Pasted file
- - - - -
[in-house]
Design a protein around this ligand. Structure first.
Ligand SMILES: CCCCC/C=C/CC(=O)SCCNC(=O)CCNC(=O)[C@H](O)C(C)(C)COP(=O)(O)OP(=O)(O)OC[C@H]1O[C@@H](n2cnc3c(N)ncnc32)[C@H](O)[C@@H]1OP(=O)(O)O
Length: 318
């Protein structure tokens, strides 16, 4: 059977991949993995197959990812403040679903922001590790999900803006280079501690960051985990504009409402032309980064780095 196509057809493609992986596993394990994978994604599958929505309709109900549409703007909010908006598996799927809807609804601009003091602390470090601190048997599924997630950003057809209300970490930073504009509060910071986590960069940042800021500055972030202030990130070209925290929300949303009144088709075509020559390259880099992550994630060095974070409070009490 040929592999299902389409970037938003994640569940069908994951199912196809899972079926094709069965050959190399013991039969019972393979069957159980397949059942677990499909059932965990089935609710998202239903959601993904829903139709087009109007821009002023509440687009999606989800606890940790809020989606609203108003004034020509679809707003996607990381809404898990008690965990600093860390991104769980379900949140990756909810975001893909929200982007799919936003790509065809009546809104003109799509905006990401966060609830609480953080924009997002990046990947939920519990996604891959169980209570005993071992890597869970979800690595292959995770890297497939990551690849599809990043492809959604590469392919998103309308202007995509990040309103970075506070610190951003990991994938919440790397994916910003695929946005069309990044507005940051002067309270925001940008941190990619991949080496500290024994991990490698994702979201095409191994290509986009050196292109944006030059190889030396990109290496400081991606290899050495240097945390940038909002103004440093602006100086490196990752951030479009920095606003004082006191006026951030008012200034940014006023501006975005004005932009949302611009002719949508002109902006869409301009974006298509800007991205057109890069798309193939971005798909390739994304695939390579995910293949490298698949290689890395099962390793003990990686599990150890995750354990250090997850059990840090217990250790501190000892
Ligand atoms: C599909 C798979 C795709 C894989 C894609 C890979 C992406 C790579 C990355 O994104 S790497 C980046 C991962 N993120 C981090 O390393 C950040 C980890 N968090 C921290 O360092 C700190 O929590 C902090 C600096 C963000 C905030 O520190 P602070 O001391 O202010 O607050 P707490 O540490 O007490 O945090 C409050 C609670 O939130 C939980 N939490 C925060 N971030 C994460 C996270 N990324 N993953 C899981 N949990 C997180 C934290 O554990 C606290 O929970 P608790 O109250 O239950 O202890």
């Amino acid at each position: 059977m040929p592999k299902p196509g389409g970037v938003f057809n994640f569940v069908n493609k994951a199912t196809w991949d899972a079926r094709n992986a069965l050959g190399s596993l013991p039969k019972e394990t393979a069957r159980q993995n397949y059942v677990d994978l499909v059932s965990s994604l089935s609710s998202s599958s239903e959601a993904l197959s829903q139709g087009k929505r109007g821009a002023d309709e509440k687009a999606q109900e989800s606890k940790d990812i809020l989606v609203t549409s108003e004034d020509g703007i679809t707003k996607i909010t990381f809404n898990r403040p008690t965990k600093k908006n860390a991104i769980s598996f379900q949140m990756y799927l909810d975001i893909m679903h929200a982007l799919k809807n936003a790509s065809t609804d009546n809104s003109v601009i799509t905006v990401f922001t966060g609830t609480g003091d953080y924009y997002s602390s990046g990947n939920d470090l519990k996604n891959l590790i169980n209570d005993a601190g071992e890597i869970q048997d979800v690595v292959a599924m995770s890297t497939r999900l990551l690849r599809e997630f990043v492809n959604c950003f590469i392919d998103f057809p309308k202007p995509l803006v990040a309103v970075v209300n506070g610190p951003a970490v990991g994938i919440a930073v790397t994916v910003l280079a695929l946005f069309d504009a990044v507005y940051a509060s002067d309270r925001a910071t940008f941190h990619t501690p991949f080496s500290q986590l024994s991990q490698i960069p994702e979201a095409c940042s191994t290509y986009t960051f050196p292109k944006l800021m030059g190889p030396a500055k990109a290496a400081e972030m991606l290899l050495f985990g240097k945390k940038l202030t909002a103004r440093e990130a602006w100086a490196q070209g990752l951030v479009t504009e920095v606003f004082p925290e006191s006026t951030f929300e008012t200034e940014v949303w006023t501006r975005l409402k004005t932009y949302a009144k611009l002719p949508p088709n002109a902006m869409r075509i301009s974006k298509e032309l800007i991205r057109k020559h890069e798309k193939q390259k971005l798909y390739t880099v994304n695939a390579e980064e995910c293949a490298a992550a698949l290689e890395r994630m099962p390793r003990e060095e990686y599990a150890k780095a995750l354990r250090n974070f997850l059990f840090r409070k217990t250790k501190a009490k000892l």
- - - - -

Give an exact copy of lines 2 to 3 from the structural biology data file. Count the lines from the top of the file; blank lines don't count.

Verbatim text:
Design a protein around this ligand. Structure first.
Ligand SMILES: CCCCC/C=C/CC(=O)SCCNC(=O)CCNC(=O)[C@H](O)C(C)(C)COP(=O)(O)OP(=O)(O)OC[C@H]1O[C@@H](n2cnc3c(N)ncnc32)[C@H](O)[C@@H]1OP(=O)(O)O